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Wasowski, Sally and Andy
Lycopodium digitatum Dill. ex A. Braun
Fan clubmoss, Running cedar, Ground pine
Synonyms: Diphasiastrum digitatum, Lycopodium flabelliforme
USDA Symbol: LYDI3
USDA Native Status: Native to U.S.
Though its foliage looks like that of a coniferous plant like pine or juniper, Lycopodium digitatum is in fact a clubmoss, a relative of ferns, with spores instead of seeds. Its cedar-like appearance, low growth, evergreen leaves, and spreading habit make it ideal for the well-drained eastern woodland landscape. Once established, it spreads quickly by stems that lie just at the surface of the soil.
Plant CharacteristicsDuration: Perennial Habit: Herb Leaf Retention: Evergreen Size Notes:
5 to 10 inches high Leaf:
Dark green Flower:
Fruit: Size Class:
Bloom InformationBloom Color: Not Applicable
Bloom Notes: This is a non-flowering plant that reproduces by spores.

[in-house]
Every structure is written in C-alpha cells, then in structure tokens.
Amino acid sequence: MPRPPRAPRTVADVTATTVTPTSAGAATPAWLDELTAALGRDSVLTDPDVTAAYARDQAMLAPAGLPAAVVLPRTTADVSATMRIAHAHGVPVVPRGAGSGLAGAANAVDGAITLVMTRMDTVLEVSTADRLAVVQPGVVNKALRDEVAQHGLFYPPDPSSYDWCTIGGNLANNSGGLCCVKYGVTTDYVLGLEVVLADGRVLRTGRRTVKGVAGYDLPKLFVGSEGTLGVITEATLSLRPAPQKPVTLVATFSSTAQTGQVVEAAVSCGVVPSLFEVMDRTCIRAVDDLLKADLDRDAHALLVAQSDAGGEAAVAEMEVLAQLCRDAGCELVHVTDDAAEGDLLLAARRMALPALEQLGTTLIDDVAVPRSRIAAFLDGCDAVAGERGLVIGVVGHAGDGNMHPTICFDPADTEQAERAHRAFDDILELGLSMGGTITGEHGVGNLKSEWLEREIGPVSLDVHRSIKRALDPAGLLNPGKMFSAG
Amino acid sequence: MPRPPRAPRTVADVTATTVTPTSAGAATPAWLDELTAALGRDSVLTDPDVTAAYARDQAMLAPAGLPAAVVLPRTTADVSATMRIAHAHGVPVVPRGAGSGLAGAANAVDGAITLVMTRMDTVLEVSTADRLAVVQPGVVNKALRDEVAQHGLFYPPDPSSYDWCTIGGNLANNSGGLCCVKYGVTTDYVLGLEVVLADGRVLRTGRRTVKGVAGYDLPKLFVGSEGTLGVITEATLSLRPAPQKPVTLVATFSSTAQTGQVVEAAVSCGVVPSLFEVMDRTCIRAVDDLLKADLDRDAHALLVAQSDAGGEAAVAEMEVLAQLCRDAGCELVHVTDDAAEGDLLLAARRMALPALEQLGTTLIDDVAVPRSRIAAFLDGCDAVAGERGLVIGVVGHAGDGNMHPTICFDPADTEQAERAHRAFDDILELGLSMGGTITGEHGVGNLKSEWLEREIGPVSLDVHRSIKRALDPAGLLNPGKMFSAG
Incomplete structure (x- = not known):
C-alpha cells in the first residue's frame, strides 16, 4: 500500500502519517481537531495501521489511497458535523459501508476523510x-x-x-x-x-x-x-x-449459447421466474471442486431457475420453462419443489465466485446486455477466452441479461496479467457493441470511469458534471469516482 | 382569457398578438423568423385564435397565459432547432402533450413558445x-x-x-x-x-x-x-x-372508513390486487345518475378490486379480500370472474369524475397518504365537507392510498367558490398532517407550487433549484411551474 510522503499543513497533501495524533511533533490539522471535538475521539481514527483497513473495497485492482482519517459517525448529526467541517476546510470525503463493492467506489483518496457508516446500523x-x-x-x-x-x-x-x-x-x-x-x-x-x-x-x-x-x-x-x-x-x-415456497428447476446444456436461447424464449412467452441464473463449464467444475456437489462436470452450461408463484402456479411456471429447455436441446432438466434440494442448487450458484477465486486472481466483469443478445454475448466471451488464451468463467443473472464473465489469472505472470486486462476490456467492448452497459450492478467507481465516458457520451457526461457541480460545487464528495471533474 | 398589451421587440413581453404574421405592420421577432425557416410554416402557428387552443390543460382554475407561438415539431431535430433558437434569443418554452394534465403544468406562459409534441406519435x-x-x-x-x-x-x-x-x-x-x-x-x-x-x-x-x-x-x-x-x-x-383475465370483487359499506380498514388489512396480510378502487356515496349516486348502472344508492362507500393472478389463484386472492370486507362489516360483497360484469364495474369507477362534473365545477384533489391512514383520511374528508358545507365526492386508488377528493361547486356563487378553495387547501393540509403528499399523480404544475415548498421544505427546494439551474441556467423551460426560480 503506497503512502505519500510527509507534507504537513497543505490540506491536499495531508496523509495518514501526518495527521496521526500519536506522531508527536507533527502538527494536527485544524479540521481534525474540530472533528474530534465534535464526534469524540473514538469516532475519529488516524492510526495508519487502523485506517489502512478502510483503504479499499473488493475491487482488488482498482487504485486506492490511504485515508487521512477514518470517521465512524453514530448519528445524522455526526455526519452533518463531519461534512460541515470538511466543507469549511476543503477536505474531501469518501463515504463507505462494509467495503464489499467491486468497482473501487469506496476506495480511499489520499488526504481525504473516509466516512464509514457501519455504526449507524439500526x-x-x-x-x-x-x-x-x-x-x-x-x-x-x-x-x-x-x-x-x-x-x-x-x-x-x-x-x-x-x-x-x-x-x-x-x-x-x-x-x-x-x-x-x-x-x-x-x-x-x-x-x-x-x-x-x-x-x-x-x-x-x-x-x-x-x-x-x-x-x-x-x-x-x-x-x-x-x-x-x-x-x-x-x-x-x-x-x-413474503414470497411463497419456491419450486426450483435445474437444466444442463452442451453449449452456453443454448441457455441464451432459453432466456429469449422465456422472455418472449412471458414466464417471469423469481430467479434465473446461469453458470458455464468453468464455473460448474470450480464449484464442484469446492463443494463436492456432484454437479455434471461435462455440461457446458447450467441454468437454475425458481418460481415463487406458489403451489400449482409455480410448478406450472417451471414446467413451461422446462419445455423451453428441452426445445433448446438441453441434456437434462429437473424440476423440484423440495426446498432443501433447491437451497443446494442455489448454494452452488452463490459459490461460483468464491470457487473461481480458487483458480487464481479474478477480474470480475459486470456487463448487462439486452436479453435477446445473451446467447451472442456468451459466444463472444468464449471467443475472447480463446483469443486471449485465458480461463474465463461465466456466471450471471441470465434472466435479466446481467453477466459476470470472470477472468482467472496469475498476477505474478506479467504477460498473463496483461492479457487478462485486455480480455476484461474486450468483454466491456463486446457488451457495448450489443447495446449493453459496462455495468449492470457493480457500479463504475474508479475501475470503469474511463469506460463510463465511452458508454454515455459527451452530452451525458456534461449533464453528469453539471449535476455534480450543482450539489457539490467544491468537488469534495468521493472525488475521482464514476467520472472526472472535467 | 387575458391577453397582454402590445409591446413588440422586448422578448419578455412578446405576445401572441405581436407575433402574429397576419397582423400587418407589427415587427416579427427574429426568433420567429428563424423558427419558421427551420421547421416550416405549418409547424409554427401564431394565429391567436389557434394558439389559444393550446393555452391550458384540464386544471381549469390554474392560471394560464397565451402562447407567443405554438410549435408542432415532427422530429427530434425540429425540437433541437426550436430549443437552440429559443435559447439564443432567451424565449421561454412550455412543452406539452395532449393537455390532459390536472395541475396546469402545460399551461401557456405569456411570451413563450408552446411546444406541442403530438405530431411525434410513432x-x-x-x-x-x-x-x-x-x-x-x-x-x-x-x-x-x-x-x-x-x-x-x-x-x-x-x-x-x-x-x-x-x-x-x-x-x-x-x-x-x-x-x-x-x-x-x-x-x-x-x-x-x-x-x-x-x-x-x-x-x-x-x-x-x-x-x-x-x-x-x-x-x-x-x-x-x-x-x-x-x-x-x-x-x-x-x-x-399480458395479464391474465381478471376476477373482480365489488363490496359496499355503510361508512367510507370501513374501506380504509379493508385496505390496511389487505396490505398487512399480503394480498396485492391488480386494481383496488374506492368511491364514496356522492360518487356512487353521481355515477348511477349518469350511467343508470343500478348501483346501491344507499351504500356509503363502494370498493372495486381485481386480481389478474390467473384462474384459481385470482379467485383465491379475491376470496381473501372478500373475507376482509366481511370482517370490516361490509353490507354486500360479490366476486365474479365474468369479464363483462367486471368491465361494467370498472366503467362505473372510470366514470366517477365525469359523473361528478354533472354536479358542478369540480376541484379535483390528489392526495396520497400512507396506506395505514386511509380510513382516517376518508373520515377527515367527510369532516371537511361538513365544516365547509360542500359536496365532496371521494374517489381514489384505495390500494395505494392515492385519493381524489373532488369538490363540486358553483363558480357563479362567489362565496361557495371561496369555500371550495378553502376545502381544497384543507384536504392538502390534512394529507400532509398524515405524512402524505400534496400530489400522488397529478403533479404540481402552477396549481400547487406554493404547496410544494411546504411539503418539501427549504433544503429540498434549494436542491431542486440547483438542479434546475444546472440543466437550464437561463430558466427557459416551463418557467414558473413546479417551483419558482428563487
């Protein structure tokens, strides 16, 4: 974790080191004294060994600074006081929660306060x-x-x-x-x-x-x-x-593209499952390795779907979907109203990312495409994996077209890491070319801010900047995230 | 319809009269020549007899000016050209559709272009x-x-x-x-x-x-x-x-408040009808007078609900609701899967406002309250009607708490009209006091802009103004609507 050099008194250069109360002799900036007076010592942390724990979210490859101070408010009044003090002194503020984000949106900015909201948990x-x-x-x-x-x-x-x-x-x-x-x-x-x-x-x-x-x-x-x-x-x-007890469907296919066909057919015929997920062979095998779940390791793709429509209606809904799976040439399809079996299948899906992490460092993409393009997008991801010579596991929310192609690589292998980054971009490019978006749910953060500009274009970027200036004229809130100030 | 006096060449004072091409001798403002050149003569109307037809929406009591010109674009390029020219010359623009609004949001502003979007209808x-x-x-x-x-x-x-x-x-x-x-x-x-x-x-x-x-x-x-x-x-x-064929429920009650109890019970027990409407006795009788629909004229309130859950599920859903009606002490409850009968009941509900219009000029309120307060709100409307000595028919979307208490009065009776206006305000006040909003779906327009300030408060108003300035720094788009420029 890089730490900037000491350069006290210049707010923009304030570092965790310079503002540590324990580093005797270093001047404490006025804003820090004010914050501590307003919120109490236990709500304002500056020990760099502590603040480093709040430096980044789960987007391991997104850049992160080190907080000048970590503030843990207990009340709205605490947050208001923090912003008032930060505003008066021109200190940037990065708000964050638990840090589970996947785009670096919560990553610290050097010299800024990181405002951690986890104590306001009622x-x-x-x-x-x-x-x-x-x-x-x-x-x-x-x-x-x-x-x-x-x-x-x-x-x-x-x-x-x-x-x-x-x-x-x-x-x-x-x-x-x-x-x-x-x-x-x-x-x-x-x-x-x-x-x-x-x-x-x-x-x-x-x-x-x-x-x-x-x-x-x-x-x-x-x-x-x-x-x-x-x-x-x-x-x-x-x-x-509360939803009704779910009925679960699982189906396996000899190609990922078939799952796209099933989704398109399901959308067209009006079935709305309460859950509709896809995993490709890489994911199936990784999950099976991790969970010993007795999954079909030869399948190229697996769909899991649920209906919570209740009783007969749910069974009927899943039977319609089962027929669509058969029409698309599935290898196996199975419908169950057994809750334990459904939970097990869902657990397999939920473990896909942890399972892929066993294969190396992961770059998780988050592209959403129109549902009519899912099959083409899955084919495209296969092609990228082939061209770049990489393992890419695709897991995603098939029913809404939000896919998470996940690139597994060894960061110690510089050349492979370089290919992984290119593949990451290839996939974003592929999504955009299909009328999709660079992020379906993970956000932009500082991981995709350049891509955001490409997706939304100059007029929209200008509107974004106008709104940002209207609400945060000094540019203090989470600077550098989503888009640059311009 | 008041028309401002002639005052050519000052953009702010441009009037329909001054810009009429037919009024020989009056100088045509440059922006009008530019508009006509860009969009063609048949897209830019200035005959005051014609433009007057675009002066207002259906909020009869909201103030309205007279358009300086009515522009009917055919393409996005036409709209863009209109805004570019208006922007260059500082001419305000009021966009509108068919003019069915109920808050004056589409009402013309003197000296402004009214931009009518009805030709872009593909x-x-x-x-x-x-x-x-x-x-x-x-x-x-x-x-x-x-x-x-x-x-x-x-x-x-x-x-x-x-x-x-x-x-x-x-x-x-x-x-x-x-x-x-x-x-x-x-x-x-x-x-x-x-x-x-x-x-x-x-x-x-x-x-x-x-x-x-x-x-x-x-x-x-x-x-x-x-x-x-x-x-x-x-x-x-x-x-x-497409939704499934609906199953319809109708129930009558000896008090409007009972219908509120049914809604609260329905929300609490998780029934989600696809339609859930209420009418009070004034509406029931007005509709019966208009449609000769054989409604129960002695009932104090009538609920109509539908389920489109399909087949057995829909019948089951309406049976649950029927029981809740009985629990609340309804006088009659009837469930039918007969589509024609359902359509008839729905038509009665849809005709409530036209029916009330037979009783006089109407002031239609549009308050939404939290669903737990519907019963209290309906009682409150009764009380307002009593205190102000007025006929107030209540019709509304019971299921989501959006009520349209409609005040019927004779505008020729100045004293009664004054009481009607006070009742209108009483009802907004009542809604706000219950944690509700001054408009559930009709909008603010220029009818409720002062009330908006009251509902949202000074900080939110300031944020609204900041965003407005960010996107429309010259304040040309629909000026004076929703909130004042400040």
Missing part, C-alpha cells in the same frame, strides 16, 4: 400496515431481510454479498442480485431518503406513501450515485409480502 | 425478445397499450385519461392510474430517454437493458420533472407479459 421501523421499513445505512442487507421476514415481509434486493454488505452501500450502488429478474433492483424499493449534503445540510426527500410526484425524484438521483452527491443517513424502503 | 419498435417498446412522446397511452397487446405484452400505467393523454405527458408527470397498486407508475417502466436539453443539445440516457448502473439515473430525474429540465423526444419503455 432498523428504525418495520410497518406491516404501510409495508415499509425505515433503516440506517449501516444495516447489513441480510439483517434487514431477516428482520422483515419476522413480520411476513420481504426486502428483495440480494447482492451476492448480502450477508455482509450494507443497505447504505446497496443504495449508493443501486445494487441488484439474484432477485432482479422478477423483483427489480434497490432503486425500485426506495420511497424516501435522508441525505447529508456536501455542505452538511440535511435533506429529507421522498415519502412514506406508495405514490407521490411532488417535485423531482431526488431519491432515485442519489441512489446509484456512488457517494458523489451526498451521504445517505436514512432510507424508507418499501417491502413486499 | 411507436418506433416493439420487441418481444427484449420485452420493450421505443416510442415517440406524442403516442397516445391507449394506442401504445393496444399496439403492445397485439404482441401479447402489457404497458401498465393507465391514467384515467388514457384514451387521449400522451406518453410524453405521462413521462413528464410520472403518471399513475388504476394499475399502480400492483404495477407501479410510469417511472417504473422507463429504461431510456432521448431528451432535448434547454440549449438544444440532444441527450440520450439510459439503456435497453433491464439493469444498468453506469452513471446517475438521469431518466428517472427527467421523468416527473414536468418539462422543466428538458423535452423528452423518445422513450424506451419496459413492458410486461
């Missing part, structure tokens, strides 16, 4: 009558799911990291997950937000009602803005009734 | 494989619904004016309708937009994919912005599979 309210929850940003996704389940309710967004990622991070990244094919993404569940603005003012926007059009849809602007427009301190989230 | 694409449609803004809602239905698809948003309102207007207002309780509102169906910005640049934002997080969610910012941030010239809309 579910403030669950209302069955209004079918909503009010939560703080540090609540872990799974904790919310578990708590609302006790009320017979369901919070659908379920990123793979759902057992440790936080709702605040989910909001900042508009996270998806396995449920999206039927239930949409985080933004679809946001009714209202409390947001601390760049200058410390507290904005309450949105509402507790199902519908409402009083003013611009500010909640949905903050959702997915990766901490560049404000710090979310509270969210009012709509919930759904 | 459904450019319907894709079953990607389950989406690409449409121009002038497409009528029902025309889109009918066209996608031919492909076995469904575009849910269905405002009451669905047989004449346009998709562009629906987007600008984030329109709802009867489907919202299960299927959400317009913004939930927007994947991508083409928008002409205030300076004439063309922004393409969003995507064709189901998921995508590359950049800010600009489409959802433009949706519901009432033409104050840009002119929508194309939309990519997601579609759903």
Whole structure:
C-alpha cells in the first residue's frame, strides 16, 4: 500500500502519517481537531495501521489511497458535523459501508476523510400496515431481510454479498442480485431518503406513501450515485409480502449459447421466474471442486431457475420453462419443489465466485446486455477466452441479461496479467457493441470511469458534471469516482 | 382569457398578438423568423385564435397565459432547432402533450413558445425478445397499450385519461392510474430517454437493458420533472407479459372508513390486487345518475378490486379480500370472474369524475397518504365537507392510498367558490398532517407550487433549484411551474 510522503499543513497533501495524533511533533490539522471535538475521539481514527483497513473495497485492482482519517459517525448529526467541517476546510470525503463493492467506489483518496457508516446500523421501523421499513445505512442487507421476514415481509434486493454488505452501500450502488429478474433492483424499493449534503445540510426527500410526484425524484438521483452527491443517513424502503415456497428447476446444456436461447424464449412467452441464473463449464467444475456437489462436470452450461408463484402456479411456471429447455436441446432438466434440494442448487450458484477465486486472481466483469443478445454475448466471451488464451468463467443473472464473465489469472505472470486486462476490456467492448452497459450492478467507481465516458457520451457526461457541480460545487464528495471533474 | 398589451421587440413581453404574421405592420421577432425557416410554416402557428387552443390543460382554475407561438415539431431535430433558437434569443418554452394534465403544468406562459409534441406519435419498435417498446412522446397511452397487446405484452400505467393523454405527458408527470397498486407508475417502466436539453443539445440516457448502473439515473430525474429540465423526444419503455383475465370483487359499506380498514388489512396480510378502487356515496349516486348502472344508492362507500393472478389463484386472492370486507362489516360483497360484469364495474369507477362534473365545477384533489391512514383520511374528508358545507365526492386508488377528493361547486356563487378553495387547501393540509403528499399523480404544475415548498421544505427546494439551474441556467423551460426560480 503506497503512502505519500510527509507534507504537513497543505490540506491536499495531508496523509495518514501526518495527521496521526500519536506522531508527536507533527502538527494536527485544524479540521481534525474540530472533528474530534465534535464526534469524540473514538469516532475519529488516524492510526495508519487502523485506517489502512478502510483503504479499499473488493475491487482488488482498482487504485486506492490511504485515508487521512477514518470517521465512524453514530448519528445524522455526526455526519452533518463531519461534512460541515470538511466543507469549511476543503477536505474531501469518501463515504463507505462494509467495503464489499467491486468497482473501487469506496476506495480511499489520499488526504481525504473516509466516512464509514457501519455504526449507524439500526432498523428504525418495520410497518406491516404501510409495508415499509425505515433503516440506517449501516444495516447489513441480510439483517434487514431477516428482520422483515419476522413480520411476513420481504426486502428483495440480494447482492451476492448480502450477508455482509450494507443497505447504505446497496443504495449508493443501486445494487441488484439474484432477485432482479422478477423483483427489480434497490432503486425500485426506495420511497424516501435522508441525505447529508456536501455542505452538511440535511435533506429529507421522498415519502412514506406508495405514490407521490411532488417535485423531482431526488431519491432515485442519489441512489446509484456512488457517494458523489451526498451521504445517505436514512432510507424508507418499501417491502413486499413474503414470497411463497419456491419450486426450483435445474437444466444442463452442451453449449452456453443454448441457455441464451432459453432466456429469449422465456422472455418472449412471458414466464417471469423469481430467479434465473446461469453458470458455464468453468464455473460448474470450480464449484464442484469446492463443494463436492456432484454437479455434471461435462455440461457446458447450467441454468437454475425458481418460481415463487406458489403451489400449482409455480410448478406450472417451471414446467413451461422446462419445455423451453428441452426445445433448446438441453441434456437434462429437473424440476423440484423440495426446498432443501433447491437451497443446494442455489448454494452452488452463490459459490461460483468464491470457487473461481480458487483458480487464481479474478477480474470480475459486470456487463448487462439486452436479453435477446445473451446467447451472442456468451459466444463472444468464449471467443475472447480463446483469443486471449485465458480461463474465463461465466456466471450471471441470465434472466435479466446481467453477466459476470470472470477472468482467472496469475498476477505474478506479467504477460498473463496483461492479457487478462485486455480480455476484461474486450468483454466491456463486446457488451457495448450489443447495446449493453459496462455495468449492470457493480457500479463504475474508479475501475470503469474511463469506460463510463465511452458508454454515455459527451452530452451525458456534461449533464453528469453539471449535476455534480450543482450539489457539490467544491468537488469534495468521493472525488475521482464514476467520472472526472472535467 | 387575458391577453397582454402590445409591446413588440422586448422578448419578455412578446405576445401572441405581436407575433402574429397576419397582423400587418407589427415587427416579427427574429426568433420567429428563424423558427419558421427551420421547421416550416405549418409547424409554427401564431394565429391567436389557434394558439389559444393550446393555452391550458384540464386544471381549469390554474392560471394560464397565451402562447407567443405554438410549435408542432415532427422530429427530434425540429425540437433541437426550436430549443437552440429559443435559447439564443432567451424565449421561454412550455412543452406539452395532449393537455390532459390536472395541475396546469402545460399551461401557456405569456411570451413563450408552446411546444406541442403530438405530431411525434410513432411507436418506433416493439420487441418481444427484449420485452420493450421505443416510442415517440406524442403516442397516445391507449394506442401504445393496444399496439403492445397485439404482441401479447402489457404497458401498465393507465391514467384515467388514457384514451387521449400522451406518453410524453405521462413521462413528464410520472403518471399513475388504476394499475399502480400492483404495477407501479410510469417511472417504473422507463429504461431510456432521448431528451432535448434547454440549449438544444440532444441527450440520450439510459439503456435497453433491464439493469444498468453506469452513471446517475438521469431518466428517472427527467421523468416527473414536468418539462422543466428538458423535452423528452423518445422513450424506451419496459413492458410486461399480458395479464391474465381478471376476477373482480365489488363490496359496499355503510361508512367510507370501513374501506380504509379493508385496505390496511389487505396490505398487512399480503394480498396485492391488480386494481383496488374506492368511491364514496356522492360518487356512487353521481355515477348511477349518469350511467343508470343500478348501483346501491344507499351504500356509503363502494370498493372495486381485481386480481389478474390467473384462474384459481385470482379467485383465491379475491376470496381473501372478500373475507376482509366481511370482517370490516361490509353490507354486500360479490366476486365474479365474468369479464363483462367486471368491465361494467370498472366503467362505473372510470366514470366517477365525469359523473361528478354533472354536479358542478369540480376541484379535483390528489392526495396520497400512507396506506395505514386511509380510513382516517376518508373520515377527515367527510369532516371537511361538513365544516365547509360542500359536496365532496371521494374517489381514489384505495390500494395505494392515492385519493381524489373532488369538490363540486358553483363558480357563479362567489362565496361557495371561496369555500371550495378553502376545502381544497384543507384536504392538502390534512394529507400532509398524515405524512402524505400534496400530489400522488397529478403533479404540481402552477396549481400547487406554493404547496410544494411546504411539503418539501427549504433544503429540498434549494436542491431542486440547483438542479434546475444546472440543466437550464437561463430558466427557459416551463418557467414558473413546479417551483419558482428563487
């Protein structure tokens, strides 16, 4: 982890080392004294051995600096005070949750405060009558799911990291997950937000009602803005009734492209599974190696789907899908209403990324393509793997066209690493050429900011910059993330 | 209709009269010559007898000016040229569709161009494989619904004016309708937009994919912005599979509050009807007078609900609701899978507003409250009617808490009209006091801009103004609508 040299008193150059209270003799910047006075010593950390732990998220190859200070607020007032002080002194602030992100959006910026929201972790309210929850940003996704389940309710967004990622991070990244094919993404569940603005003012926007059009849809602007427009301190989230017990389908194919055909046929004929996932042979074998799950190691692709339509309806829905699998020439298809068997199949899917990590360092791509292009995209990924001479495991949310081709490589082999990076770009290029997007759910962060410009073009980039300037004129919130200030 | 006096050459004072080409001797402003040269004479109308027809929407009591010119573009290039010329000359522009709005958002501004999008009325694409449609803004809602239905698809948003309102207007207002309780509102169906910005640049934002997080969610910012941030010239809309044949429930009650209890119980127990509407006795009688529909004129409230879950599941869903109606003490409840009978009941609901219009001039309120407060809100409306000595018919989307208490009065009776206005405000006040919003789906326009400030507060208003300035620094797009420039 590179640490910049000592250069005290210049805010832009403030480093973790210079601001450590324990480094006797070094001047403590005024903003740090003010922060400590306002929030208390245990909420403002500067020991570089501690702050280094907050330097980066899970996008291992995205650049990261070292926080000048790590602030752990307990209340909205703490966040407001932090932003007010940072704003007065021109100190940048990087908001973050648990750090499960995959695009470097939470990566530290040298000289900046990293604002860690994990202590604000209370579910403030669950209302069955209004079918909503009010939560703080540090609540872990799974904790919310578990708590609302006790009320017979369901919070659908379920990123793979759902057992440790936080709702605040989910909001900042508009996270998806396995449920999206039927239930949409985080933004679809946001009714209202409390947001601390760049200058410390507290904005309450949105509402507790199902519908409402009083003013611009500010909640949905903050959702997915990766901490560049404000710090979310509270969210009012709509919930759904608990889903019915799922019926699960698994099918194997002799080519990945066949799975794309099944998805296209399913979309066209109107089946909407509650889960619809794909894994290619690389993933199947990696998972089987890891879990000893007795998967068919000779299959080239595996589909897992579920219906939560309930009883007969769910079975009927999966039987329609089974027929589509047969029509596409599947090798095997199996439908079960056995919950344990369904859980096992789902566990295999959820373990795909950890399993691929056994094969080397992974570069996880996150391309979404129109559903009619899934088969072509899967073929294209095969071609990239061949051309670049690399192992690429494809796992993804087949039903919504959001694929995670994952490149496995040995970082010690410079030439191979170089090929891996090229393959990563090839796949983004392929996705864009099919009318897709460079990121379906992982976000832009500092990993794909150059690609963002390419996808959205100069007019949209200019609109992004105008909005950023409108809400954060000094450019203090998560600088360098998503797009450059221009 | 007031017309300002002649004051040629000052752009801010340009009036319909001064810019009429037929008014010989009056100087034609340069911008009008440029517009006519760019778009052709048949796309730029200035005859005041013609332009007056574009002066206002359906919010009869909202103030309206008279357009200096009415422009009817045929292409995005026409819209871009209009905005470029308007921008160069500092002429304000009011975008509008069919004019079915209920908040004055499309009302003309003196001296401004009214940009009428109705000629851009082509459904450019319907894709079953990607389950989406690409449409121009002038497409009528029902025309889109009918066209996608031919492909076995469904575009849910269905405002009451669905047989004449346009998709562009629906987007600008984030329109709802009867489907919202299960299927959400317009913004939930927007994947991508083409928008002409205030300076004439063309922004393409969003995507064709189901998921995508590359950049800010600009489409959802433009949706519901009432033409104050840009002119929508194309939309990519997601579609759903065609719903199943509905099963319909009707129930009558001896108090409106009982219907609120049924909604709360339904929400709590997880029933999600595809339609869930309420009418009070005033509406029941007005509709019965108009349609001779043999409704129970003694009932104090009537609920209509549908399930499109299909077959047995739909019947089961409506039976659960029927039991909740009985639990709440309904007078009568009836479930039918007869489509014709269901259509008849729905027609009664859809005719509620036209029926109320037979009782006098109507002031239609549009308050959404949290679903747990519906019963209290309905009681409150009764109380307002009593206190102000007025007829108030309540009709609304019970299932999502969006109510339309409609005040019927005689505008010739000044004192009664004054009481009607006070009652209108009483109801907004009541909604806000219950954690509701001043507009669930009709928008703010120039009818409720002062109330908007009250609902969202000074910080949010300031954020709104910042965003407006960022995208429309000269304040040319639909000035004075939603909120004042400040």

AL , AR , CT , DC , GA , IL , IN , KY , MA , MN , MO , NC , NJ , NY , OH , PA , RI , SC , TN , VA , WI , WV Canada: ON
, QC Native Distribution:
Eastern North America from Quebec to Alabama, Zones 4 to 7 Native Habitat:
Dry, well-drained woodlands and pine forests USDA Native Status: L48(N), CAN(N)
Growing ConditionsWater Use: Low
Light Requirement: Part Shade , Shade
Soil Moisture: Dry , Moist
Soil pH: Acidic (pH<6.8)
Drought Tolerance: High
Cold Tolerant: yes
Heat Tolerant: yes
Soil Description: Well-drained, acidic, rich or poor soils.
Conditions Comments: Prefers dry conditions but tolerates some moisture.
A good evergreen
groundcover for shade in eastern North America Use Wildlife:
Winter browse Use Other:
Formerly gathered for Christmas decorations, but deforestation made it too rare to be used. Interesting Foliage:
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Record Modified: 2009-02-12